Liger Movie Review - A Mundane & Monotonous Masala Flick
Liger is directed by the master of Tollywood commercial cinema Puri Jagannath. The film stars Vijay Deverakonda and Ananya Panday in the lead roles. Bankrolled by Dharma Productions Karan Johar, it has come out as a pan-India product.
Vijay Deverakonda is the son of a Mixed Martial Arts fighter who died on the verge of winning a championship. The underdog grows up with an ambition to become an International MMA champion. How he achieves his goal forms the remaining story.
Puri Jagannath has come up with a script that has no redeeming qualities. The writing is as horrible as it can be. There is potential to deliver a commercially viable entertainer but pathetically developed and poorly presented, the end product is notorious. There is a backstory which one would expect to take the drama forward, but is explained by a single-line dialogue, the understanding between VD and his coach is interesting as an idea but the impact is underwhelming. It's a bold decision to give a stammering speech layer to the protagonist, but it has zero value to the character. Dialogues are truly terrible, the silly jokes in the first half work, but how is that fair for the whole movie to be like a bad joke. The story is extremely weak with a bunch of outdated stuff. Both the halves are perfectly balanced, in the sense they are equally bad. The screenplay is so random that it moves in a ridiculous way, with unacceptable plot points that make no sense to the subject. The lack of drama in the action-sports situations bores out the show. There are too many romantic scenes and not even a single moment is relishing, again an example of such crappy direction. There is no mass theatre moment to cheer, instead there are plenty to troll. The latter is very funny at times, you cast Ananya Panday and her father in real life Chunky Panday, and they bring out tremendous twists like they both are daughter and dad in the movie too.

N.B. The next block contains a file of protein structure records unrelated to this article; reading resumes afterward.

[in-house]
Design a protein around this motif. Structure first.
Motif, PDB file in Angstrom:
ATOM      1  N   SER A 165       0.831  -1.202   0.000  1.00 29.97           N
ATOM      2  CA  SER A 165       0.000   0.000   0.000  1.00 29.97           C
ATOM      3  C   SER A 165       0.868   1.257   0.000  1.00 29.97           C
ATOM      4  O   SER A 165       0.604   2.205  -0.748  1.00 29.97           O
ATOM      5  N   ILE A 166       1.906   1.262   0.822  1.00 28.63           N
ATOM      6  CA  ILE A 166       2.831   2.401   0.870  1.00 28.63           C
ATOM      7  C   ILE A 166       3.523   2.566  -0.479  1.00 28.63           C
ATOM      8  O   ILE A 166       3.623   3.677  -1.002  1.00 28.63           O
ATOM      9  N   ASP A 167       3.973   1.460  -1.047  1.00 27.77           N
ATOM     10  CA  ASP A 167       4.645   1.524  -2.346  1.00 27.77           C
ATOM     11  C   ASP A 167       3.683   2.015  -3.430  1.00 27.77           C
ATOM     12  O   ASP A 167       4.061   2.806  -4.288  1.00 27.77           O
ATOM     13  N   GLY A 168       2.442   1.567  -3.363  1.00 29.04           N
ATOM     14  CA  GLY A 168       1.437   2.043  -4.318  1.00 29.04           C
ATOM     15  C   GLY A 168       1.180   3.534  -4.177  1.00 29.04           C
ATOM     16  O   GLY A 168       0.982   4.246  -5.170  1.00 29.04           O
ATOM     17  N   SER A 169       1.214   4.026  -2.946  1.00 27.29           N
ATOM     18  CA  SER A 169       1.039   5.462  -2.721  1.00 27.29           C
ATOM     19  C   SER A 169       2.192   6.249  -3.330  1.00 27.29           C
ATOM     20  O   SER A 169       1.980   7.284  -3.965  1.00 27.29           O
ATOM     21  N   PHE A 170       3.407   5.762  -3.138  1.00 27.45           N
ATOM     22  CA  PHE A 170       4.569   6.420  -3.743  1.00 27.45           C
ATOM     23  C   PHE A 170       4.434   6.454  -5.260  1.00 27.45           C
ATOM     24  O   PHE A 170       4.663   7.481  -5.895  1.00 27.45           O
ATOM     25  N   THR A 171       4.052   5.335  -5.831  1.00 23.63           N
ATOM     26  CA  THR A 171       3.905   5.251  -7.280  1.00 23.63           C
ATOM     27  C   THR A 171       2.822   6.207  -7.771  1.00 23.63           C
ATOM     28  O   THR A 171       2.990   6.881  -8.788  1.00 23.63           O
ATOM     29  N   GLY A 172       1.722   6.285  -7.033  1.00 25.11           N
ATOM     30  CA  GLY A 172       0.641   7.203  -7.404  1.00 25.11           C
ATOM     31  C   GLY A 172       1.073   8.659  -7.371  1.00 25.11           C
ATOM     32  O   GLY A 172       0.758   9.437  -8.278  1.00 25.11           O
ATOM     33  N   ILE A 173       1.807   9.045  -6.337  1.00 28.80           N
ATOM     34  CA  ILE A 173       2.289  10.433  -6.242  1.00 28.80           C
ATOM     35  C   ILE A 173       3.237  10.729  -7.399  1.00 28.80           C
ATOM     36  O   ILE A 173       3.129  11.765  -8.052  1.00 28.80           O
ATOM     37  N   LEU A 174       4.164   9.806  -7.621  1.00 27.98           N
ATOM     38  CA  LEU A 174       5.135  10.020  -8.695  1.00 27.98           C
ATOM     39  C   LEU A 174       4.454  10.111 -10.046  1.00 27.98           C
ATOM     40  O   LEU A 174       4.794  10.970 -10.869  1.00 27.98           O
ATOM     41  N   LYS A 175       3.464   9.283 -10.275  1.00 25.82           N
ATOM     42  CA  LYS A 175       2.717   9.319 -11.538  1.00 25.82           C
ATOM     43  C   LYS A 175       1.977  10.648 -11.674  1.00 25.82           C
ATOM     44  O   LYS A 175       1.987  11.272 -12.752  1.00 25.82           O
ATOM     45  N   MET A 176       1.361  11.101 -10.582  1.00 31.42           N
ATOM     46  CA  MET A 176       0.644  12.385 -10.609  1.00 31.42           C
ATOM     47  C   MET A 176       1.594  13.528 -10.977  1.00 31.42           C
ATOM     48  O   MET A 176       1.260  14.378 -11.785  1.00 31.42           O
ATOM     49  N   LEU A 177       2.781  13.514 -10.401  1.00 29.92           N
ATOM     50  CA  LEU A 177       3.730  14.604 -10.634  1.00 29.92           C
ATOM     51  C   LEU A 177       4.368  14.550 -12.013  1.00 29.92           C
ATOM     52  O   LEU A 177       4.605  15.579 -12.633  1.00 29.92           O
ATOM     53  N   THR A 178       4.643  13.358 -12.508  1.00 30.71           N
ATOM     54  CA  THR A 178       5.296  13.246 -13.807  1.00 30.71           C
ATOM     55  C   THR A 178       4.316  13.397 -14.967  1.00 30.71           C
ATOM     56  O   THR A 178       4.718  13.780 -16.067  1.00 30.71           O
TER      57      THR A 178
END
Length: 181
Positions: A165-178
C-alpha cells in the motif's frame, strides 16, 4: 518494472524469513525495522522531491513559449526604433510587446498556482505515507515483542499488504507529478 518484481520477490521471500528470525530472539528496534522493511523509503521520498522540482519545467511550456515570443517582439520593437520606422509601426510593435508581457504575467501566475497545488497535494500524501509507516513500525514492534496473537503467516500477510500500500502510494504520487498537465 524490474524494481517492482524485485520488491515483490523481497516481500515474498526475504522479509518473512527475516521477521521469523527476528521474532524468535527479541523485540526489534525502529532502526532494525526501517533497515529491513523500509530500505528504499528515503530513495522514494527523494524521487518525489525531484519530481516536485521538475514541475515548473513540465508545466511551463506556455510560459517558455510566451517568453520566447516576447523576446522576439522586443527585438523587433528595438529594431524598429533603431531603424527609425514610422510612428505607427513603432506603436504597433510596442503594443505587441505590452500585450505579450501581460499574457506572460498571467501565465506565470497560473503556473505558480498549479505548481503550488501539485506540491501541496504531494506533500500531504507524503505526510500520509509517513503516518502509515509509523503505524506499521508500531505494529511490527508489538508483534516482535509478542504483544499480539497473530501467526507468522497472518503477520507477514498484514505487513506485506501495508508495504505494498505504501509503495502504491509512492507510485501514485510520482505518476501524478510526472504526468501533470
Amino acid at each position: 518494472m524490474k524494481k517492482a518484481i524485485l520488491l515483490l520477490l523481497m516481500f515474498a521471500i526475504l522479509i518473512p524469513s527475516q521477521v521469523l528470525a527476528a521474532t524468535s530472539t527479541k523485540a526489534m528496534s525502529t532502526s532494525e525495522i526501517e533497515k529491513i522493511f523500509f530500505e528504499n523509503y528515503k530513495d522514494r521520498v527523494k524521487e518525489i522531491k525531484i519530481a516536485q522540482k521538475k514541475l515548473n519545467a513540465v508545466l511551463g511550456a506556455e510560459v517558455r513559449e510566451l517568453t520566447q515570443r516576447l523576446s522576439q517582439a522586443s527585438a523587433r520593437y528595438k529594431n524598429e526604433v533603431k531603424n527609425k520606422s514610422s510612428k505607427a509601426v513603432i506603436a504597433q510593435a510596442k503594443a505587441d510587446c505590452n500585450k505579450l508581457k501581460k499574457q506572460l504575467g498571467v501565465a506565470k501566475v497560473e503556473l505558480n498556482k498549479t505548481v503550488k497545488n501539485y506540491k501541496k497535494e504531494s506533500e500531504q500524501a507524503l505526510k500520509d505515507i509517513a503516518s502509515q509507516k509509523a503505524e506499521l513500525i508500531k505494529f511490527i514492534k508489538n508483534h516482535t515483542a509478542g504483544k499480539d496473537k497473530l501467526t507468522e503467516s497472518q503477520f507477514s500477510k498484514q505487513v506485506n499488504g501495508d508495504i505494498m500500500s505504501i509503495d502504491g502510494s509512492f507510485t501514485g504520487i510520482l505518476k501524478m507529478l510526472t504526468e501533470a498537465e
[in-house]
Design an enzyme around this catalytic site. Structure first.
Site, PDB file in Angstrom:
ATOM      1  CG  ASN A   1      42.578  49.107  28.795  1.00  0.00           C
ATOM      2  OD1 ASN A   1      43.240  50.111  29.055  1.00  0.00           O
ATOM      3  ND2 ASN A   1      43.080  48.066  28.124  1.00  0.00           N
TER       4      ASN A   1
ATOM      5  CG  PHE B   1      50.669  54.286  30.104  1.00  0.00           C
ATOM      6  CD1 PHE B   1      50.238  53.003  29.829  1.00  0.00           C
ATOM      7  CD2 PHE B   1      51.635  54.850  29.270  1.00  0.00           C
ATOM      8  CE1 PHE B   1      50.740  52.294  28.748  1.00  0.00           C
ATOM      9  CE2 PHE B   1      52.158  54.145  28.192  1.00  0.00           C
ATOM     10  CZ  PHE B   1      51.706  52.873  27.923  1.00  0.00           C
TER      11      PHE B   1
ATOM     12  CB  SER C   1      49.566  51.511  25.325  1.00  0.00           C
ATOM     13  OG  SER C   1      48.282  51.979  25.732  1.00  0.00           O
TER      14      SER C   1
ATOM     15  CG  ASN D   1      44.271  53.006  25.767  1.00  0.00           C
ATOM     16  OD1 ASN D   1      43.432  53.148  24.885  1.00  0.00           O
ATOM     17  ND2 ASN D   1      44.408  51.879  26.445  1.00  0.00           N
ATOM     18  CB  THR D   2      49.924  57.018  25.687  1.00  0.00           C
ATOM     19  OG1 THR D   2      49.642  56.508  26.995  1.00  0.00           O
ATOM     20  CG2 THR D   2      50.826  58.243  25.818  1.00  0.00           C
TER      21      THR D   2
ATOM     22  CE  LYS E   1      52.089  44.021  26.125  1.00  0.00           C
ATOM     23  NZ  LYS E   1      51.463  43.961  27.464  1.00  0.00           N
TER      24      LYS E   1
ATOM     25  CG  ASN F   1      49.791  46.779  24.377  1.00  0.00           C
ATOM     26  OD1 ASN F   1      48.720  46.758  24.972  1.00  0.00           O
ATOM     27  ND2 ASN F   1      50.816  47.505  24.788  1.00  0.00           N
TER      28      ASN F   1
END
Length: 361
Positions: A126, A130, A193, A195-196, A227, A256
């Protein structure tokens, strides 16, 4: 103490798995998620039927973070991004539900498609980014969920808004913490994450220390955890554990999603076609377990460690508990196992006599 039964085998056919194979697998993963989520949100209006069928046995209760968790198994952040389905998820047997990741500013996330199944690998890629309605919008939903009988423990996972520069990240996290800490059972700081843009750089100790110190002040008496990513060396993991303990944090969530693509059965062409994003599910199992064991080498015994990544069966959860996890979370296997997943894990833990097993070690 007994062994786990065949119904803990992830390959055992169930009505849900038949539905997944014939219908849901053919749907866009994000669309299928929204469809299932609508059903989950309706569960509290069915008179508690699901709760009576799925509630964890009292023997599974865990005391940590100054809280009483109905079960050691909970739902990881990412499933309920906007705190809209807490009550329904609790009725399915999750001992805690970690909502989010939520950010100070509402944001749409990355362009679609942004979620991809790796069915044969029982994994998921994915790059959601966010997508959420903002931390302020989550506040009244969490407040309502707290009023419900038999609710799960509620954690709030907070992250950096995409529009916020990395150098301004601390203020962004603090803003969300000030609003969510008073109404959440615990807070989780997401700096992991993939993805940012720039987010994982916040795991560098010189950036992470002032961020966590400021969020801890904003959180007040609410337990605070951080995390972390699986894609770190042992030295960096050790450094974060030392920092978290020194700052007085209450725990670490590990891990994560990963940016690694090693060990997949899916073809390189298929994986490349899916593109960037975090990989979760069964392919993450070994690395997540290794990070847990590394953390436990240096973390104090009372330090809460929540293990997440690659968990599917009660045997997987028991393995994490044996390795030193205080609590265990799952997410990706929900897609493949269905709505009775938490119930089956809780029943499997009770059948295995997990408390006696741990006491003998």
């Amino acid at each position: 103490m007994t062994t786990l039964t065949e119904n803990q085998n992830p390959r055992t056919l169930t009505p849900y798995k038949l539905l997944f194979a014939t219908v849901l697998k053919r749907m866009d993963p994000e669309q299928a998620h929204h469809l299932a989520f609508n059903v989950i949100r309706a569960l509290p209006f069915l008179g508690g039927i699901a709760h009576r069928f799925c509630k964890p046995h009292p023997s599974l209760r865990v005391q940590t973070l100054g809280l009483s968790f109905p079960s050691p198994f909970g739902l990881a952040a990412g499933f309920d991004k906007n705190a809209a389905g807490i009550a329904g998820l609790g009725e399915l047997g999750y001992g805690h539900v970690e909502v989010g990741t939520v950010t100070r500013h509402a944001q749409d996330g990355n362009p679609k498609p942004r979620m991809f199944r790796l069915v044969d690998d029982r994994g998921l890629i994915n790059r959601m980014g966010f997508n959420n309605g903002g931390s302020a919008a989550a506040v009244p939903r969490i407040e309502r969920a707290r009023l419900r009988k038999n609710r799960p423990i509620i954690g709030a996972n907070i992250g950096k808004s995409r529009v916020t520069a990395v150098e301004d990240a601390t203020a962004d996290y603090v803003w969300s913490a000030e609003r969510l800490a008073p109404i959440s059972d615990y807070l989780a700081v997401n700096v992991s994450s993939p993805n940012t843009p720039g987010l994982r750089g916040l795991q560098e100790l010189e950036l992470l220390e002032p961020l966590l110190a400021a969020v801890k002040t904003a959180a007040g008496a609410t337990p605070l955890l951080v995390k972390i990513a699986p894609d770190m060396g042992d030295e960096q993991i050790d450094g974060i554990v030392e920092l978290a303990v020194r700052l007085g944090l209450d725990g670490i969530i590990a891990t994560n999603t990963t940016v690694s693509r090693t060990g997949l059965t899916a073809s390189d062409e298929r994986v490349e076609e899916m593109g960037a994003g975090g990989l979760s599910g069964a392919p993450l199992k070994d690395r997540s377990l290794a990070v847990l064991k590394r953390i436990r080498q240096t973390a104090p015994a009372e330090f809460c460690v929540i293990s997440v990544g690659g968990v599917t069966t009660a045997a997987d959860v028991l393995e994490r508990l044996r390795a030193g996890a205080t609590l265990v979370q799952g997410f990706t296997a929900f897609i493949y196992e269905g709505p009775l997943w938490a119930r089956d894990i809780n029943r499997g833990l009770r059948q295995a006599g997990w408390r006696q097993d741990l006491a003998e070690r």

Except for the stammering mannerism which he goes overboard, Vijay Deverakonda pulls off the fighter role with easing grace. Beast-like physique helps big time, and dances decently as a first-time mass hero. Ananya Panday finds it difficult to showcase any sort of expression, adding to it, she plays an annoying 'Loosu Ponnu' role here, to an unimaginable extent where she says 'I'm A Star And I'm Going To Pursue My Career In Hollywood'. Ramya Krishnan has no big scope for acting, all she does is motivate the hero with uninspiring speeches. What a pride Mike Tyson is, how proud is to bring him on board for an Indian film, he appears just for the climax for the worst possible reason.
Music is so bad in every aspect. All the songs are unimpressive with no catchy hook lines. Lazy work with the background score, zero variety and there's a poor theme track that's played on repeat mode during the initial street fights. Cinematography is a mixed bag, certain shots are extremely blurred, some are good though, and the capturing of action sequences is done in a commendable manner. Monotonous editing in and out, scene orders are so messed up in the first half, obviously the main craftsman is to be blamed too. Action is fairly better compared to other departments, there is a genuine effort to bring the Martial Arts sport on-screen, but the quality in the out-of-the-ring sequences are missing in the crucial sports matches, the ring fights are so disappointing.
Unexpectedly bad outing for both Puri Jagannath the proven filmmaker and Vijay Deverakonda the likable youth icon. They've delivered a sports film with no soul.
Rating - 1.5/ 5